Newly enacted legislations in Singapore have established a single regulatory authority for all forms of gambling, and have updated gambling regulations to protect the country from potentially harmful emerging trends.
Establishment of the Gambling Regulatory Authority
The Gambling Regulatory Authority of Singapore Act (“GRA Act”) which came into force 1 August 2022 has tasked the new Gambling Regulatory Authority (“GRA”) with regulating all forms of gambling in Singapore. The GRA is empowered to issue licenses for gambling services, and ensure that licensees are both deserving of licenses and accountable for breaches of regulations.
The GRA now takes on the roles of several distinct authorities such as the Casino Regulatory Authority, the Gambling Regulatory Unit of the Ministry of Home Affairs, and the Singapore Totalisor Board, all of which regulated gambling of different forms and in different environments.
The GRA will work closely with the Ministry of Social and Family Development, the National Council on Problem Gambling, and the Singapore Police Force, among others, in protecting Singapore from gambling.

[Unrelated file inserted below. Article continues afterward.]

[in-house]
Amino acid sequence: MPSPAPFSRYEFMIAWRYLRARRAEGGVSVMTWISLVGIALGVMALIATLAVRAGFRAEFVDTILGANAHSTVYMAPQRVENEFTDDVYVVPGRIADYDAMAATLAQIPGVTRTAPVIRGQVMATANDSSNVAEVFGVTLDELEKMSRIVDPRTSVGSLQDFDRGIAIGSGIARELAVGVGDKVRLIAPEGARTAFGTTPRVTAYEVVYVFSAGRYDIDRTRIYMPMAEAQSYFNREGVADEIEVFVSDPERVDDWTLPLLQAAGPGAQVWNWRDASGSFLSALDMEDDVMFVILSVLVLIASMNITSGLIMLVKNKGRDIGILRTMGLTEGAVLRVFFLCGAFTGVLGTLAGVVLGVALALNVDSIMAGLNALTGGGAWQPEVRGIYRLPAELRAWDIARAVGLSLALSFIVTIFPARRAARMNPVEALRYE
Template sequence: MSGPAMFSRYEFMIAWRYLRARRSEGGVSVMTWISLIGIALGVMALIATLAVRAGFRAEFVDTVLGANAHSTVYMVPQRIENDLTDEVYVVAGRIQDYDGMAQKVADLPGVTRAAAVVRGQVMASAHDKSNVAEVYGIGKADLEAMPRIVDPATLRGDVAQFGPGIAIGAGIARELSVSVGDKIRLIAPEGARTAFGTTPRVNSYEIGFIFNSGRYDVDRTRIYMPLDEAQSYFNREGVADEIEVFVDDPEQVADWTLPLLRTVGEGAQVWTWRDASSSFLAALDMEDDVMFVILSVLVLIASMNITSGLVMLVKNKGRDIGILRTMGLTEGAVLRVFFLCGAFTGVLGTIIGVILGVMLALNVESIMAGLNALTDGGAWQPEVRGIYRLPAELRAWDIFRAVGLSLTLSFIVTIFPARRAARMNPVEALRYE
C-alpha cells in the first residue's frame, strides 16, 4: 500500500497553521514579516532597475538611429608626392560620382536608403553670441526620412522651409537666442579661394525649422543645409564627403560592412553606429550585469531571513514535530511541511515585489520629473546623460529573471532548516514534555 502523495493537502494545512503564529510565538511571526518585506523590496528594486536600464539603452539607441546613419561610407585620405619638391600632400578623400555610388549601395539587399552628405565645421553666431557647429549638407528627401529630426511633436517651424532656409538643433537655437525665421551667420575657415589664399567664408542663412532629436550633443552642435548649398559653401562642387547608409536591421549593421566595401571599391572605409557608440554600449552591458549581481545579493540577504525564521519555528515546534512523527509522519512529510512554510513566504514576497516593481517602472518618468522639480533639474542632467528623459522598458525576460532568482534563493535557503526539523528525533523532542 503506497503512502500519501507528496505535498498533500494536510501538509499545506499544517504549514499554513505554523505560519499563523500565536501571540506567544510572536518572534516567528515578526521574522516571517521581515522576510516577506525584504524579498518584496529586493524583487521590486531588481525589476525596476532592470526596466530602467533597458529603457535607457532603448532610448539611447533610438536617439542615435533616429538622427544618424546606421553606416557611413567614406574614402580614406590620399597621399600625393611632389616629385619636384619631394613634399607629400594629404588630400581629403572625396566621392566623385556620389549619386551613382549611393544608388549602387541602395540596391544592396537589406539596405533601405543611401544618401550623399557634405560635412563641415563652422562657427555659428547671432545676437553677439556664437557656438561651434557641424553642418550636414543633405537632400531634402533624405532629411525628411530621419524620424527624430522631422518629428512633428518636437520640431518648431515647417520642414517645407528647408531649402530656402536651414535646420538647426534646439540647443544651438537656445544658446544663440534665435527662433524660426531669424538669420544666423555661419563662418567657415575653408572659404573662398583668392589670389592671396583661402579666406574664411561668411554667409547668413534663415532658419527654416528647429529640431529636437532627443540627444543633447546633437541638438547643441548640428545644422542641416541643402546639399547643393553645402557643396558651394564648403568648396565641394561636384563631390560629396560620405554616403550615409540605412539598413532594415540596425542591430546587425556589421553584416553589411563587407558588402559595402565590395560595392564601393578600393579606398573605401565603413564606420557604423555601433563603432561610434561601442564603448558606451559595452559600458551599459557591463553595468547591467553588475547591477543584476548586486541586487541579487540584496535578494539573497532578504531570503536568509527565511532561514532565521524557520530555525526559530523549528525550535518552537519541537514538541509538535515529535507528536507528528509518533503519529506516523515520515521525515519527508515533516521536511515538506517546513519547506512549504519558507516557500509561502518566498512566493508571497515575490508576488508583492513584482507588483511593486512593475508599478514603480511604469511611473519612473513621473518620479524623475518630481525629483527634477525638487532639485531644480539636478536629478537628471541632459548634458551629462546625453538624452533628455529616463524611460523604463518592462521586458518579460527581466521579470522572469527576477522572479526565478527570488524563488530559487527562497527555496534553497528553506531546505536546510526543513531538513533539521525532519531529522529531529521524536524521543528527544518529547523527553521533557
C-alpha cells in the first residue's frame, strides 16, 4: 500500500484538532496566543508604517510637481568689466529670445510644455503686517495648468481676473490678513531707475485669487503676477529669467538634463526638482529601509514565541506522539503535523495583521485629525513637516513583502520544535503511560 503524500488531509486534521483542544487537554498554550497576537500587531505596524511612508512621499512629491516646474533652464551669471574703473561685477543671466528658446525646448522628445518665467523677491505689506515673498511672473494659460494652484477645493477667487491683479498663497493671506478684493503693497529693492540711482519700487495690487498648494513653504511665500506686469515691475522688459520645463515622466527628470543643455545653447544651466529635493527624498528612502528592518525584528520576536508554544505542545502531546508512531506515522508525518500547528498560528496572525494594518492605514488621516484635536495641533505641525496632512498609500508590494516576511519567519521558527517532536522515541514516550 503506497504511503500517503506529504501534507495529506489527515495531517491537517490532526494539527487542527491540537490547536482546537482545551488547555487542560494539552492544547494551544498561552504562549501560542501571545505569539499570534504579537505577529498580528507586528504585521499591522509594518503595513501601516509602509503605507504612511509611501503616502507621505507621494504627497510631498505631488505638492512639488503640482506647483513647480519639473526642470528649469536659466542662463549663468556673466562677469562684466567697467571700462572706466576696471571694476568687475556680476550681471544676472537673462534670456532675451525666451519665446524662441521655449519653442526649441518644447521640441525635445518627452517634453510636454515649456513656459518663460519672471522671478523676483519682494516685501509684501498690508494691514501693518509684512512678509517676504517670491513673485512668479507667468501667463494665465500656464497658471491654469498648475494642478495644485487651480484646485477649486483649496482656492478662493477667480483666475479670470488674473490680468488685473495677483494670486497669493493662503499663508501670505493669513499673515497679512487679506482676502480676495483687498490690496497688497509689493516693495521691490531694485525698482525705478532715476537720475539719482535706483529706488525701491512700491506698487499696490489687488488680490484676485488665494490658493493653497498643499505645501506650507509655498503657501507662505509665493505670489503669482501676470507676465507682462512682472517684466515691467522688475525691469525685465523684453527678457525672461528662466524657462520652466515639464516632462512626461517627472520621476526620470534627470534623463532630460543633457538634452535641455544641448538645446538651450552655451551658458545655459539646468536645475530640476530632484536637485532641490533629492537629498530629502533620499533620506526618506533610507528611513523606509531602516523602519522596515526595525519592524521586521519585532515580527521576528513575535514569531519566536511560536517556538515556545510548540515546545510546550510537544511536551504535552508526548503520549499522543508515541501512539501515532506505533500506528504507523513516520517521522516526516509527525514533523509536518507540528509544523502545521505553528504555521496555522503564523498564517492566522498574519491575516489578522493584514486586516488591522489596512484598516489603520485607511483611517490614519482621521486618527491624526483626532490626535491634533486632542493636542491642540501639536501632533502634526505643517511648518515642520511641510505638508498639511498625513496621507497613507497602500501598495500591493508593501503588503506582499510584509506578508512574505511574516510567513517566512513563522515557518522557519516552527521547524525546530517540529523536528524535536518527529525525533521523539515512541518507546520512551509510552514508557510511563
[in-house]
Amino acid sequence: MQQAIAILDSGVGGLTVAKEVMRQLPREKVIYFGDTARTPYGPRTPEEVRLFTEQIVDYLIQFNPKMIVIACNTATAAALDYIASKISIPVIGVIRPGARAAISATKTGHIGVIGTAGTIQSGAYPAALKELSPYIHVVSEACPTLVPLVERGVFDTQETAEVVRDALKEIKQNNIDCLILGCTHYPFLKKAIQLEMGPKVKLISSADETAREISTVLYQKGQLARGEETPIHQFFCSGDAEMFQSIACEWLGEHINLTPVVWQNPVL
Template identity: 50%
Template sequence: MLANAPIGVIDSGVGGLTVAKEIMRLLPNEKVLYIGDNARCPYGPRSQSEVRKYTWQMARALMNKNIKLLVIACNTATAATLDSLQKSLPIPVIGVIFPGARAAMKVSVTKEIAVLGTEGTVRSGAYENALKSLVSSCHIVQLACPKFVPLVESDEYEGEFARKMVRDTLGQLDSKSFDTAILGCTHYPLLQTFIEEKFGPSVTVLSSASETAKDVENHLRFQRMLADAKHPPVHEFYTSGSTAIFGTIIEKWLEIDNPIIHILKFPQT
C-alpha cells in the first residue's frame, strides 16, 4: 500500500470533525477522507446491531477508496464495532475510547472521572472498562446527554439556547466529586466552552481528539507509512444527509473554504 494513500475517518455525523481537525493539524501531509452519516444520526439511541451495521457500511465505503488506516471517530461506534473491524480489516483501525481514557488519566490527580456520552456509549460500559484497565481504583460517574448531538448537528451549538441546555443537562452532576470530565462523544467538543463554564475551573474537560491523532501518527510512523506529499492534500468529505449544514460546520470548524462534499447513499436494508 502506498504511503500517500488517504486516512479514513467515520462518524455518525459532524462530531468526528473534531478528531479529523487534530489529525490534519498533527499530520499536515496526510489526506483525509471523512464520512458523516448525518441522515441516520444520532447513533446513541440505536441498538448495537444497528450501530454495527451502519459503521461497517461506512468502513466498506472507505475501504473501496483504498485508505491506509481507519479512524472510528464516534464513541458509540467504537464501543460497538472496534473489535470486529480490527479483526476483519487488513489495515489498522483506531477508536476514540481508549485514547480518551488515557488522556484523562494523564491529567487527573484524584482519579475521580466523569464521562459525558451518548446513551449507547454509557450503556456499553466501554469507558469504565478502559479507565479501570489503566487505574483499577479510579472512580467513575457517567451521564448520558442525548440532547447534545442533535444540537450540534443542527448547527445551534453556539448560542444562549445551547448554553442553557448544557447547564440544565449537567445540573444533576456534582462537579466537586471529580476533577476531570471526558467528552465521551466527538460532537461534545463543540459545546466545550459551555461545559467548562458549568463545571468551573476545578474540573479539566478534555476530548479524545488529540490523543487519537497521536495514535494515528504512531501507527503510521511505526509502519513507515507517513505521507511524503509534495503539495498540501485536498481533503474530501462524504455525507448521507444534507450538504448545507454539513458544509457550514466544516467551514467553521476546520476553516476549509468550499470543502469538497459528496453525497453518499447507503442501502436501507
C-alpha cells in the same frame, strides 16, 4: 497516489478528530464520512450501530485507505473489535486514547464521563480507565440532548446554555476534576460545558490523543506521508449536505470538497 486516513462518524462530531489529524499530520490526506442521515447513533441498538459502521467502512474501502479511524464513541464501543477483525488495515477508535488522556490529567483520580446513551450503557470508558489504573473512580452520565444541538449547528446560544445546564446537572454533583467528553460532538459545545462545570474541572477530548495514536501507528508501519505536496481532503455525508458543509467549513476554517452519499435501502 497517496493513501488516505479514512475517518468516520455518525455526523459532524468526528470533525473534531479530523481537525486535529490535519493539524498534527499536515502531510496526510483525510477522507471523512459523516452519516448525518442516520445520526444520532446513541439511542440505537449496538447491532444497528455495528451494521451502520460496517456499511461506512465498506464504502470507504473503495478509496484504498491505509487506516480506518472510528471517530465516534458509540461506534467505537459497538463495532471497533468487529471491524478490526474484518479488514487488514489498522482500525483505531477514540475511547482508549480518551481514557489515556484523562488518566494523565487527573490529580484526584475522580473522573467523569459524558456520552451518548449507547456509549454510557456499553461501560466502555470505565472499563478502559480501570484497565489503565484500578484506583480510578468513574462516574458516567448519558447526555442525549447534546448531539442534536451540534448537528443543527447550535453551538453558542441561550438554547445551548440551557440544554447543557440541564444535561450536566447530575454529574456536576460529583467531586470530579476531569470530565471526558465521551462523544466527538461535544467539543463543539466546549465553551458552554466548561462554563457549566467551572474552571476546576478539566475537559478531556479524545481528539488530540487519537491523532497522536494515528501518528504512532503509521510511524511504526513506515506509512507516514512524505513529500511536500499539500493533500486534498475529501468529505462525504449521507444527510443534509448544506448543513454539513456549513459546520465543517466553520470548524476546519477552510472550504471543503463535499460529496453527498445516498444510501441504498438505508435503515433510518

Introduction of the Gambling Control Act
The new Gambling Control Act (“GCA”) also came into force on 1 August 2022, and is intended to consolidate and streamline gambling regulations in the country. The Betting Act 1960, Common Gaming Houses Act 1961, Private Lotteries Act 2011, and the Remote Gambling Act 2014 will soon be repealed.
The GCA has broadened the definition of gambling to involve betting, gaming activities, and participating in lotteries, among other things. The definition of betting has also gone beyond horseracing and other sporting events, and now includes, among other things, the likelihood of anything occurring or not occurring. The definition of gambling specifically does not cover investment in financial products regulated by the Monetary Authority of Singapore.
The GCA does allow for physical social gambling to be exempted from the ambit of the GCA, so long as this is conducted in an individual’s home; the participants are family members or personal friends to one another; and the activity is not conducted for private gain and no participant obtains a benefit other than winning.
According to Desmond Tan, the former Minister of State for Home Affairs, the new legislations were introduced to address both the increased accessibility of gambling to consumers, and changes in business models which have resulted in elements of gambling now being present in video games and other seemingly innocuous products.
A version of this article first appeared on the GALA Blog. For more information, please visit http://blog.galalaw.com/.